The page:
The Unsettled Desert
Women"Those women there, they wear too much make-up," said Hafeeza, wrinkling her nose and lowering her voice, as if they really were next door. She lived in the desert too, but her own house, next to Derawar Fort and near a road, seemed to make her regard herself as separate from the nomads deeper inside, where the metalled road faded into the white flatness, dahar, of the desert. "And such glittery clothes…!"
Family WeddingFurther away, on land made arable by a trickle of irrigation water and a cocktail of fertilisers and pesticides, Rasheeda's eyes lit up. That was a family wedding, she said; most of her relatives lived there, in the deep desert. Many years ago, a plot of land had been allotted to her father-in-law; in order to cultivate it, she lived here now with a few of her sons and her daughter and her daughter's daughter, a sombre-eyed girl of eight. Some weeks ago, this granddaughter had also very nearly been married off, in a tricky case of watta-satta – a form of bride exchange – averted at the very last minute. "There was henna on her hands," Rasheeda said grimly, drawing the little girl close.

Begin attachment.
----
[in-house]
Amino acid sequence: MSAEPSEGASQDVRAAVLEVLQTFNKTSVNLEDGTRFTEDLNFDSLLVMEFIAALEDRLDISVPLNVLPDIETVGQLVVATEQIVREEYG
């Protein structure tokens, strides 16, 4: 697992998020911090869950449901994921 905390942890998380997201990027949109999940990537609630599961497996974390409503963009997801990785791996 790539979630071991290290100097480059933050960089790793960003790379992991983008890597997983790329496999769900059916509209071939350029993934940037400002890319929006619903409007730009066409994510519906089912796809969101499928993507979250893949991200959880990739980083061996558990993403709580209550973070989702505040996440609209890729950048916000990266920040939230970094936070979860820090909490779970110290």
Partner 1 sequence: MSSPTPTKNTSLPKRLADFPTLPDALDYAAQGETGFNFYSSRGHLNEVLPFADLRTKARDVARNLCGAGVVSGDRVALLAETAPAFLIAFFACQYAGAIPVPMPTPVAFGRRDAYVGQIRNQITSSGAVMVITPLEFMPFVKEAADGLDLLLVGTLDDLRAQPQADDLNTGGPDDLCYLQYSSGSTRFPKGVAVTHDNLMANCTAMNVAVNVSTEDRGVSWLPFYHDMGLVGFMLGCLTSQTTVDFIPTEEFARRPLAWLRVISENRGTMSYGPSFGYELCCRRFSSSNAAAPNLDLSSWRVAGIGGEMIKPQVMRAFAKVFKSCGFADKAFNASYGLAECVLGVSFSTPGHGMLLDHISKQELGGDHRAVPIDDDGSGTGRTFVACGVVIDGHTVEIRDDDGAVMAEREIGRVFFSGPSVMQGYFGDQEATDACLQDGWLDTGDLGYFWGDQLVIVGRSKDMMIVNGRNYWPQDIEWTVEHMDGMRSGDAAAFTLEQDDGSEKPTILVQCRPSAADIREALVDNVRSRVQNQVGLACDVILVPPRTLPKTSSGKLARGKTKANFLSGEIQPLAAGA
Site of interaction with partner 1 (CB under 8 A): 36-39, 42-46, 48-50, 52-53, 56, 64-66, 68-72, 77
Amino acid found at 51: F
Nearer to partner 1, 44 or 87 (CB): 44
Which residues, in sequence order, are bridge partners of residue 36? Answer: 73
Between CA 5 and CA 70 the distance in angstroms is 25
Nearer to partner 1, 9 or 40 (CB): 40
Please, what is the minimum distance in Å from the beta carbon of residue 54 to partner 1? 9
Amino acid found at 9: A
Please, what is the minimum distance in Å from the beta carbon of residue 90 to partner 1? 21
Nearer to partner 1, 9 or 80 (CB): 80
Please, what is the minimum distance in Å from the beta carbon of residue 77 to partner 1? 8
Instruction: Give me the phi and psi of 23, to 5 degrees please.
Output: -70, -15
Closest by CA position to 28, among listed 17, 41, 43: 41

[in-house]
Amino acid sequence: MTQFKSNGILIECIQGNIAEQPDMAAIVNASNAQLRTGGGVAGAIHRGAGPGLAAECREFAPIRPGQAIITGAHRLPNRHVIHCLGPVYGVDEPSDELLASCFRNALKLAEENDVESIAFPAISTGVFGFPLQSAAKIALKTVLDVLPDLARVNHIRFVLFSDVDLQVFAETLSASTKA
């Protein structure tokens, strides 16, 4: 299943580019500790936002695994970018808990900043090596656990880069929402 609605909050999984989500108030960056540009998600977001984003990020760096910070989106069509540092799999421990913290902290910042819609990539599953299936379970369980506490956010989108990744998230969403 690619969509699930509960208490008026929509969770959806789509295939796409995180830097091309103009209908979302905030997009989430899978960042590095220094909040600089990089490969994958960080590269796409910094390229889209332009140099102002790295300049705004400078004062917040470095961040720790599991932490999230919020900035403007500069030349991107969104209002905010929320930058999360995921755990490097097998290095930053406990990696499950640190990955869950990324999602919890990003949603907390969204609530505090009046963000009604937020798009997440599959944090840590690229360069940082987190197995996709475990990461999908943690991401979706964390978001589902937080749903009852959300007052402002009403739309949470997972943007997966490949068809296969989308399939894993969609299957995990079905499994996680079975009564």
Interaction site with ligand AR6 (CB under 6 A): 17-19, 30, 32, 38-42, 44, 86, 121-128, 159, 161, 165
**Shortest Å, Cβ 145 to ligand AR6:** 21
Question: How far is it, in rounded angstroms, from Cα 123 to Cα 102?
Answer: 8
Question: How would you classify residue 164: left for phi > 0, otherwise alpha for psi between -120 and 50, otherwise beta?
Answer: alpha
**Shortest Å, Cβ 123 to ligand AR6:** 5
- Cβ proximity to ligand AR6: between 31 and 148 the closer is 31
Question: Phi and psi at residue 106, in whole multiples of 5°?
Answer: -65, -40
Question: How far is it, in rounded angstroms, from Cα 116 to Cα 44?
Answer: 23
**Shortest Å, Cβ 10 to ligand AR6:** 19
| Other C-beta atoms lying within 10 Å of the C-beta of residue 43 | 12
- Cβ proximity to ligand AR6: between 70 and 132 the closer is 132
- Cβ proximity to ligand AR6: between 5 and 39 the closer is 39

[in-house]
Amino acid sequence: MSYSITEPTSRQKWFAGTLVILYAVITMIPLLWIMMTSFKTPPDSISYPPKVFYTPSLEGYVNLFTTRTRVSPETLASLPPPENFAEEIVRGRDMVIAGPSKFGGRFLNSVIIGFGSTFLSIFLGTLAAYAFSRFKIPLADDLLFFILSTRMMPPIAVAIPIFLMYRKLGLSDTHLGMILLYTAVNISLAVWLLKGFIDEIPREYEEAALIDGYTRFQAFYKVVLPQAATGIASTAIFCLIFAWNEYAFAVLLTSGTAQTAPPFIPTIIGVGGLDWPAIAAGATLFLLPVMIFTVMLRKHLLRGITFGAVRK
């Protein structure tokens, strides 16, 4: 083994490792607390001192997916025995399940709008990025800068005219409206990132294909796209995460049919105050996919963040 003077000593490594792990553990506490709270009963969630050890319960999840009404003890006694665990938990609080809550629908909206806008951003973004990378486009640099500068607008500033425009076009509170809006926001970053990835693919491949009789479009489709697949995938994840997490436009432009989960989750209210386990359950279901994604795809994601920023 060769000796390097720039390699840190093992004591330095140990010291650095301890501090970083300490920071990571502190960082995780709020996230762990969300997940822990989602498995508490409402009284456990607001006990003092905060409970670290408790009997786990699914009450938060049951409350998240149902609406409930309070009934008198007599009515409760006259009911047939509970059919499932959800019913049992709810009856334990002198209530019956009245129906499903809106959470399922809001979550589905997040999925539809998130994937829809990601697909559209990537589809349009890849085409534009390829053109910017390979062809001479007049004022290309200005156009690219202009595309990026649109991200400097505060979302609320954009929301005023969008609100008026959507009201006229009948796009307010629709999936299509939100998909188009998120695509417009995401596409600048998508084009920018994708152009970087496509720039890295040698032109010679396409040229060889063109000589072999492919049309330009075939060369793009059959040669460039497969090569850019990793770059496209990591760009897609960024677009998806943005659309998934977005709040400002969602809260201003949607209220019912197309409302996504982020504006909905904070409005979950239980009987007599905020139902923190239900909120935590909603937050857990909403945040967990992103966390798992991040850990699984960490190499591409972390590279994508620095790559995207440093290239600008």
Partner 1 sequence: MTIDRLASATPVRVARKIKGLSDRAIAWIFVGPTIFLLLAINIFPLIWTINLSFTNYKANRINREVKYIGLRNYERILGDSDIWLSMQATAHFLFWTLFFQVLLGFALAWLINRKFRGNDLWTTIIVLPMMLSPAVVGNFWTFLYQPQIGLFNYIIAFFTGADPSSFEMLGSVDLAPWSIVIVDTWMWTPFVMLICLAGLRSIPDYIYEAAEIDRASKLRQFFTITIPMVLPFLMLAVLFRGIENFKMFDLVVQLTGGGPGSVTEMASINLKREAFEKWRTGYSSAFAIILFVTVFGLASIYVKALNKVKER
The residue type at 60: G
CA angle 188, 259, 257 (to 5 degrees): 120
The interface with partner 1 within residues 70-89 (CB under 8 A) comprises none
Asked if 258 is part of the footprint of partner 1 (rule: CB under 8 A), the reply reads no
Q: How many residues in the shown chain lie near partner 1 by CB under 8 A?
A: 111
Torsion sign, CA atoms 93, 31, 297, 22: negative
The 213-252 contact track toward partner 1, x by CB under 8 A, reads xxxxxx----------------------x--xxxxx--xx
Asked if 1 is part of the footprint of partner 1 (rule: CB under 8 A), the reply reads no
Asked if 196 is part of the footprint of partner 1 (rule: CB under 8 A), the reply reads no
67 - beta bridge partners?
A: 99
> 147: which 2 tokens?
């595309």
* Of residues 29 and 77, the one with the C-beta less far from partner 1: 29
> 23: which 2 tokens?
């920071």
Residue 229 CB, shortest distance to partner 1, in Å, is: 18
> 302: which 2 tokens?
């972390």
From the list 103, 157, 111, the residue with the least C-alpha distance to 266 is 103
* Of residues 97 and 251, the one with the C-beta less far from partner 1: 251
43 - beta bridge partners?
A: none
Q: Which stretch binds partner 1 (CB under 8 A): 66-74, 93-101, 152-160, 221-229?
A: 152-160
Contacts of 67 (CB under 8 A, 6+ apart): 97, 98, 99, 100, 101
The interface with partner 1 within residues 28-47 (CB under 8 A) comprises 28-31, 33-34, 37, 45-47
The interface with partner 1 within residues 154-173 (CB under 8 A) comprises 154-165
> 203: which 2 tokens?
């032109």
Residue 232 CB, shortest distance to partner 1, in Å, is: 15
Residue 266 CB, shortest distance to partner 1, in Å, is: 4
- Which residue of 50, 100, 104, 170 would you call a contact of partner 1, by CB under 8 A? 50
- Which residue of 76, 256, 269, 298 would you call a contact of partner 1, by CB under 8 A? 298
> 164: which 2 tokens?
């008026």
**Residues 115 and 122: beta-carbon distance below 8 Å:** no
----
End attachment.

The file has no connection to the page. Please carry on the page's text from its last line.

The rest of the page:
A Groom at His Wedding in CholistanThe bride at the desert wedding is only a little older — 12, they say. She sits stricken in the centre of a charpoy, bowed by jewellery and flanked by cheerful women relatives. Out in the open, the groom, older but clearly a young man still, looks equally burdened: the garland around his neck covers almost his entire frame and, for good luck, he clutches a metal stick, heavily embellished. Around him, guests cluster near cauldrons of food or lounge under shamianas — curiously, this desert wedding is being arranged by a professional caterer.